Tracking every penny you each spend for month is A) awful, B) tedious C) I hate doing it and D) informative and worth the agony of A,B,&C. See Your Money or Your Life which you can get at library.
    The rest is outside my knowledge except I have read your postings for years and you have grown and learned so very very much. So in the midst of your low point~ I send congratulations on your growth and wisdom and grace!

    1. “Tracking every penny you each spend for month is A) awful, B) tedious C) I hate doing it and D) informative and worth the agony of A,B,&C.” Haha, This! it’s so true. It is awful and tedious and I hate doing it and it’s such a valuable exercise. I have yet to do it for an entire month and I know I would learn SO MUCH if I did. I just can’t manage to actually do it! I don’t know why. I’ll start trying again. Maybe I’ll actually manage it this time. I don’t know why I find this so impossibly hard. Maybe if I create a project here so I have this space and my commitment to help hold myself accountable it would help. I’ll give that a try.

  4. You have quite a lot going on so I’m not surprised you are overwhelmed. I think that you are doing great with your spending, your daughter, etc!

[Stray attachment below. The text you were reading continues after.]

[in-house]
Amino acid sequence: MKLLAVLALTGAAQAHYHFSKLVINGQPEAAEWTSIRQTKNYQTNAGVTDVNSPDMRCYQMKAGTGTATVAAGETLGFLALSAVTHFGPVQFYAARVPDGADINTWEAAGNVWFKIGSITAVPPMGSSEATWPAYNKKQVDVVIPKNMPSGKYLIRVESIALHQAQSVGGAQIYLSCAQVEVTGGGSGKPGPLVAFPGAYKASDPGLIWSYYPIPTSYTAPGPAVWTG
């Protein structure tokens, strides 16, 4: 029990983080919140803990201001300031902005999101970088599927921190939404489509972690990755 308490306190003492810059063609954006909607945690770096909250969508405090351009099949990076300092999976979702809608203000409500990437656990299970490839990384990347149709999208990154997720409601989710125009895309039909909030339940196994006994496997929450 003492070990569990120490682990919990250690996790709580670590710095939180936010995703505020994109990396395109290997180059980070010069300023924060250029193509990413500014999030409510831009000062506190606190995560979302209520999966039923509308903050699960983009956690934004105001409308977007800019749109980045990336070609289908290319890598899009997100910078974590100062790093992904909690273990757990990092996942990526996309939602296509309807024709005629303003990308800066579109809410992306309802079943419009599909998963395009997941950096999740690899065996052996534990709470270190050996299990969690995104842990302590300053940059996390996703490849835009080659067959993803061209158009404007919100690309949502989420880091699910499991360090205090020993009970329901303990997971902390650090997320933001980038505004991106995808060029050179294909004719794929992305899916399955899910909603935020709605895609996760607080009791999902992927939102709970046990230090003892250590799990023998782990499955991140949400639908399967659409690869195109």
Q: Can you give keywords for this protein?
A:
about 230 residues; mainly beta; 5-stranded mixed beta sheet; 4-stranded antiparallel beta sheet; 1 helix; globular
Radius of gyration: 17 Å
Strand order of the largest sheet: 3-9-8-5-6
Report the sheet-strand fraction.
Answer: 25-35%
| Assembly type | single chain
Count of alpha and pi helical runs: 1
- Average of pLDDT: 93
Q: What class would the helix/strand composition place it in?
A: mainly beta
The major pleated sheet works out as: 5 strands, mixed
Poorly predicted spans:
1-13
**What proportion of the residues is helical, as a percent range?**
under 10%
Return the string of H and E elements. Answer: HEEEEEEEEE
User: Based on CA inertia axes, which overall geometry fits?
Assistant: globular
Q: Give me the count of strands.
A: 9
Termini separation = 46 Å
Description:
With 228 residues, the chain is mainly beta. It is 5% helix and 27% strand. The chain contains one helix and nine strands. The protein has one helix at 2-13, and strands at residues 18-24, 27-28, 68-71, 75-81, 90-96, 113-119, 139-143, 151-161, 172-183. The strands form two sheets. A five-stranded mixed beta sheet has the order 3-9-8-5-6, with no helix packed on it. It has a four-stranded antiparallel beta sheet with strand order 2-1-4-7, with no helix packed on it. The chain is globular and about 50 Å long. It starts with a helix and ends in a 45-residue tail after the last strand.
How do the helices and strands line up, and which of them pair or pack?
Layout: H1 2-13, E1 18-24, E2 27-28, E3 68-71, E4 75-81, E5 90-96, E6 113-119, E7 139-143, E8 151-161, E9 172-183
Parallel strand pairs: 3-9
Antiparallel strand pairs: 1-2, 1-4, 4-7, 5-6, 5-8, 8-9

Personally, I know that getting out of the house and taking the time to make new friends is HUGE so I would be willing to spend a little bit extra money (or not be able to pay credit cards down as quickly) to do so. As you said, there are ways that you could try to spend a little less as well.

    1. Thank you for your perspective. It’s so helpful to have some outside opinions on this stuff. I’m so close I can hardly see anything for what it is anymore. 😉

  5. You know what I started doing with friends? Granted, this was in the summer where the weather’s better, but I started asking them to meet me for a walk or run. Mostly because I found that I’m willing to share more (be more vulnerable maybe?) when I’m not facing someone, when I’m walking or running side by side with them. And it’s cheaper than dinner and drinks – free even! – and I get calorie burn to boot.